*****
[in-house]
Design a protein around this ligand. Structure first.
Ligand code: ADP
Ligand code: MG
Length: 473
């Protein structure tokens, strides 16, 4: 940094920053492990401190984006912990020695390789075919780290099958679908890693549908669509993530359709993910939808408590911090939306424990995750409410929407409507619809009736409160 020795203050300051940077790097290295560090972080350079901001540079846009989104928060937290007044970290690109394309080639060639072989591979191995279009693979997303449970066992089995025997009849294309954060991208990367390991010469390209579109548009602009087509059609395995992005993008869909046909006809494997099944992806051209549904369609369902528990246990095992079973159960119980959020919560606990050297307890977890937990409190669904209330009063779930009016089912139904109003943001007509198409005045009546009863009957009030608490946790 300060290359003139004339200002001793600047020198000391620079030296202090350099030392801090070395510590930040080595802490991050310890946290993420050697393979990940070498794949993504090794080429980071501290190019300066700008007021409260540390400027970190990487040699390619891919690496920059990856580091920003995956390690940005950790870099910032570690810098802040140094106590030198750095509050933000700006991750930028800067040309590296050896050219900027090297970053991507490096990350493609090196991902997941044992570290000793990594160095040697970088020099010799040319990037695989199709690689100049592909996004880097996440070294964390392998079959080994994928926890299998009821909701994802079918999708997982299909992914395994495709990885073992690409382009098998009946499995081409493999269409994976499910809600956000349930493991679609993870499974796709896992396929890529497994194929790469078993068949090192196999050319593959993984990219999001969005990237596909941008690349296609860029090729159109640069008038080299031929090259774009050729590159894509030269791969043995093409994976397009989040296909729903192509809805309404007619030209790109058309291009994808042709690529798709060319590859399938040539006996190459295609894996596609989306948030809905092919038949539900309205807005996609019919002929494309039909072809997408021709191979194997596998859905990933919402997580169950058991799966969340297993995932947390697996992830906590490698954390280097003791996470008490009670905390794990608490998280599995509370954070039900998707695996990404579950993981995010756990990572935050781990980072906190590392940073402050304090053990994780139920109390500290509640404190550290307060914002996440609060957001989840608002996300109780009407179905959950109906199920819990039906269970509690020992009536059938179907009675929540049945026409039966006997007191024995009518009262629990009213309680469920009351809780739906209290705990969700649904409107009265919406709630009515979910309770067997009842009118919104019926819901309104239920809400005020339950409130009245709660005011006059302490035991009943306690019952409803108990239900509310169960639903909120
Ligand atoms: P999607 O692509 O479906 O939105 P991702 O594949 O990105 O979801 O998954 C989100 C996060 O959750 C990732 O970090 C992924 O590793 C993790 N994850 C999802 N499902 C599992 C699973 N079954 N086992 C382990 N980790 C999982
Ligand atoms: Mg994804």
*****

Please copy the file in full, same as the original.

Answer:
[in-house]
Design a protein around this ligand. Structure first.
Ligand code: ADP
Ligand code: MG
Length: 473
């Protein structure tokens, strides 16, 4: 940094920053492990401190984006912990020695390789075919780290099958679908890693549908669509993530359709993910939808408590911090939306424990995750409410929407409507619809009736409160 020795203050300051940077790097290295560090972080350079901001540079846009989104928060937290007044970290690109394309080639060639072989591979191995279009693979997303449970066992089995025997009849294309954060991208990367390991010469390209579109548009602009087509059609395995992005993008869909046909006809494997099944992806051209549904369609369902528990246990095992079973159960119980959020919560606990050297307890977890937990409190669904209330009063779930009016089912139904109003943001007509198409005045009546009863009957009030608490946790 300060290359003139004339200002001793600047020198000391620079030296202090350099030392801090070395510590930040080595802490991050310890946290993420050697393979990940070498794949993504090794080429980071501290190019300066700008007021409260540390400027970190990487040699390619891919690496920059990856580091920003995956390690940005950790870099910032570690810098802040140094106590030198750095509050933000700006991750930028800067040309590296050896050219900027090297970053991507490096990350493609090196991902997941044992570290000793990594160095040697970088020099010799040319990037695989199709690689100049592909996004880097996440070294964390392998079959080994994928926890299998009821909701994802079918999708997982299909992914395994495709990885073992690409382009098998009946499995081409493999269409994976499910809600956000349930493991679609993870499974796709896992396929890529497994194929790469078993068949090192196999050319593959993984990219999001969005990237596909941008690349296609860029090729159109640069008038080299031929090259774009050729590159894509030269791969043995093409994976397009989040296909729903192509809805309404007619030209790109058309291009994808042709690529798709060319590859399938040539006996190459295609894996596609989306948030809905092919038949539900309205807005996609019919002929494309039909072809997408021709191979194997596998859905990933919402997580169950058991799966969340297993995932947390697996992830906590490698954390280097003791996470008490009670905390794990608490998280599995509370954070039900998707695996990404579950993981995010756990990572935050781990980072906190590392940073402050304090053990994780139920109390500290509640404190550290307060914002996440609060957001989840608002996300109780009407179905959950109906199920819990039906269970509690020992009536059938179907009675929540049945026409039966006997007191024995009518009262629990009213309680469920009351809780739906209290705990969700649904409107009265919406709630009515979910309770067997009842009118919104019926819901309104239920809400005020339950409130009245709660005011006059302490035991009943306690019952409803108990239900509310169960639903909120
Ligand atoms: P999607 O692509 O479906 O939105 P991702 O594949 O990105 O979801 O998954 C989100 C996060 O959750 C990732 O970090 C992924 O590793 C993790 N994850 C999802 N499902 C599992 C699973 N079954 N086992 C382990 N980790 C999982
Ligand atoms: Mg994804």